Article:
A couple of years ago, I wrote a blog on MySpace devoted to writing advice for teens. Over time, it evolved into a general blog on writing advice for everyone. I blathered on and on, answered questions, etc. Since then, I’ve pointed people to that blog when they’ve sent me questions on writing, but I know that MySpace isn’t always the most, uh, reliable repository for such things. Plus, if you’re not on MySpace, you can read the blogs, but you can’t comment on them.
So once a week (probably on Wednesdays), I’ll be reprinting my writing advice blogs here on barrylyga.com. I’ll go through and edit them a little bit, too, and I might make some merges/changes, so they won’t be exactly like they were on MySpace, but they’ll hopefully still be helpful to people who are interested.
Here we go!
OK, gang! Here we are again, back for more writing advice.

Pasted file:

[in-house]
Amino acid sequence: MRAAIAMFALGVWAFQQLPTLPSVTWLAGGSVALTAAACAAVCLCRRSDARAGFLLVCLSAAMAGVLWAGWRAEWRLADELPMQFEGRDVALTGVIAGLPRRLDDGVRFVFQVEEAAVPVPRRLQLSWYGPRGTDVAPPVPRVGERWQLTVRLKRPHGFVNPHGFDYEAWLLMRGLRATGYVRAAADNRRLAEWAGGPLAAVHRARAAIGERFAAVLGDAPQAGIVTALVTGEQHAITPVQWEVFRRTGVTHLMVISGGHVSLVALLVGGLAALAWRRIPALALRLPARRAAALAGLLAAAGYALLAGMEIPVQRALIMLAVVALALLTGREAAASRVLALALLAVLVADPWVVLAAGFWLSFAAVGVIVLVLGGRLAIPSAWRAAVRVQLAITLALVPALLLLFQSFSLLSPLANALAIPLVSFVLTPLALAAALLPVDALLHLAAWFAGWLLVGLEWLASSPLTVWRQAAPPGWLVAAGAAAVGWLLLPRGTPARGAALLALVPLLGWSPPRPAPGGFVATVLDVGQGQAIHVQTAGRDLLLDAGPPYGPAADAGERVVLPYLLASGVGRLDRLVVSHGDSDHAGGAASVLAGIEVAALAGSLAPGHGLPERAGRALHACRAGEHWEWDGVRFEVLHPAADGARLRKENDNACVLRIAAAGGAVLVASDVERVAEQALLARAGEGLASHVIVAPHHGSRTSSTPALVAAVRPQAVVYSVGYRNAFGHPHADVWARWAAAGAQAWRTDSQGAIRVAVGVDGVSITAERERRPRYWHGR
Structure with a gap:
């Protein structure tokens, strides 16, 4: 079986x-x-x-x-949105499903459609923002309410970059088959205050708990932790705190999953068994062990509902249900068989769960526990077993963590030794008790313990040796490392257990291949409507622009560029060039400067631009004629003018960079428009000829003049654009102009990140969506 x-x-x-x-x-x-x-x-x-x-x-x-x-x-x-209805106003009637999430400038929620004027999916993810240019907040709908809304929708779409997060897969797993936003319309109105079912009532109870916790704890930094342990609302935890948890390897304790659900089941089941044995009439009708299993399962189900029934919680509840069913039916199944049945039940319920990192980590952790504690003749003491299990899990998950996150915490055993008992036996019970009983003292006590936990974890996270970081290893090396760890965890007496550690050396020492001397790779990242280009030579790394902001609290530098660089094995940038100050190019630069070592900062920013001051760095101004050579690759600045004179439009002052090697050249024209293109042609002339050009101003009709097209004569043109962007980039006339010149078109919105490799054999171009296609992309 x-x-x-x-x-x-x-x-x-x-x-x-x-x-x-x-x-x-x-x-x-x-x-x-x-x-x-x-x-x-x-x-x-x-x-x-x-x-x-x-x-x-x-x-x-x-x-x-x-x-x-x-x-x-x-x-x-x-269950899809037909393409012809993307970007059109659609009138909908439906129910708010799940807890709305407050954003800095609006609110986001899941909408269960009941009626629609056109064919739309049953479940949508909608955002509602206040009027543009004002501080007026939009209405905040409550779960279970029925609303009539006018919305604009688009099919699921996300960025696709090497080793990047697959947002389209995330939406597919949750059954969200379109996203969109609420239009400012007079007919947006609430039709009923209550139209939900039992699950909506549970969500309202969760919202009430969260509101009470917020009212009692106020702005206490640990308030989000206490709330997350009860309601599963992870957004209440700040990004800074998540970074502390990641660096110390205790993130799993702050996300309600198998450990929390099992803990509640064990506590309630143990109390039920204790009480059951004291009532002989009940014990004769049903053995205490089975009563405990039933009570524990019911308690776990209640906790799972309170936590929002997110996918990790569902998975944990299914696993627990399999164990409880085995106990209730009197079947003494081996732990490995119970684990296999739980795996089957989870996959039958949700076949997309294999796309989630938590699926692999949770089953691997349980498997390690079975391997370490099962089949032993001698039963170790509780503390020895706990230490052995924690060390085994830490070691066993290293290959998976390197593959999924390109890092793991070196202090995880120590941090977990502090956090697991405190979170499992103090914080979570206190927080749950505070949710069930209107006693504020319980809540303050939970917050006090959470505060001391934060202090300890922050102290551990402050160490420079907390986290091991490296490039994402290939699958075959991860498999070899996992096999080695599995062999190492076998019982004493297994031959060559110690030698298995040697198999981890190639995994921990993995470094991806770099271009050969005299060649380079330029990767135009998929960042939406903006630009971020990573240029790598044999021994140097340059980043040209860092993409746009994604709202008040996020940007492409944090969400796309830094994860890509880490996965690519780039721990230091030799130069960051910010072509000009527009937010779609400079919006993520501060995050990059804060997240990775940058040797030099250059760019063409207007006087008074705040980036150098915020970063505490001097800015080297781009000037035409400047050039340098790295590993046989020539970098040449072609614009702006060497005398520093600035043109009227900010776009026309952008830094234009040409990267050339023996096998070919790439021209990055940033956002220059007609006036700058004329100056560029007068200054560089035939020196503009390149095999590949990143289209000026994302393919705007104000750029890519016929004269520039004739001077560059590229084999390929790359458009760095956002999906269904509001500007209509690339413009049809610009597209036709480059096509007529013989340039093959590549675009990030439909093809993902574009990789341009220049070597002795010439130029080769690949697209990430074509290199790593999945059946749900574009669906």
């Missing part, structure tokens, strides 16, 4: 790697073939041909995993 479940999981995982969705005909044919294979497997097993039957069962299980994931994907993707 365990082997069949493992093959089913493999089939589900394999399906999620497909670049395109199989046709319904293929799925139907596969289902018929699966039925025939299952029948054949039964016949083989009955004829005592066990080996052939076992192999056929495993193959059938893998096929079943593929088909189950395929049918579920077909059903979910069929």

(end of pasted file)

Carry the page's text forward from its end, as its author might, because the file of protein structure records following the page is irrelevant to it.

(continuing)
This week: Adverbs!
Also: Starting actions!
“Ugh,” I hear you say. “Yuck,” I hear you say.
(And, truthfully, it bothers me to hear you say those things because that means you’re lurking around my house somewhere!)
Yeah, I know — these are NOT sexy topics. But they’re necessary.
Look, I know that J.K. Rowling has made roughly ten billion tons of cold, hard cash, and I know that the Harry Potter books are just DRIPPING with adverbs, but for God’s sake, people! Drop the “-ly” words! Keep your typing fingers where I can see them. Make no sudden moves. Step away from the adverbs V-E-R-Y S-L-O-W-L-Y.
Stephen King beats the drum on adverbs in his book On Writing, and while I don’t have the almost-pathological hatred for adverbs that he has, I do find that they are misused and inappropriate more often than not. It’s not that the adverbs themselves are inherently bad (or dangerous). It’s just that new and young writers tend to mis-use them horribly, often to groan-worthy comedic effect. And that is NOT the reaction you want an agent, an editor, or a reader to have when reading your story, right?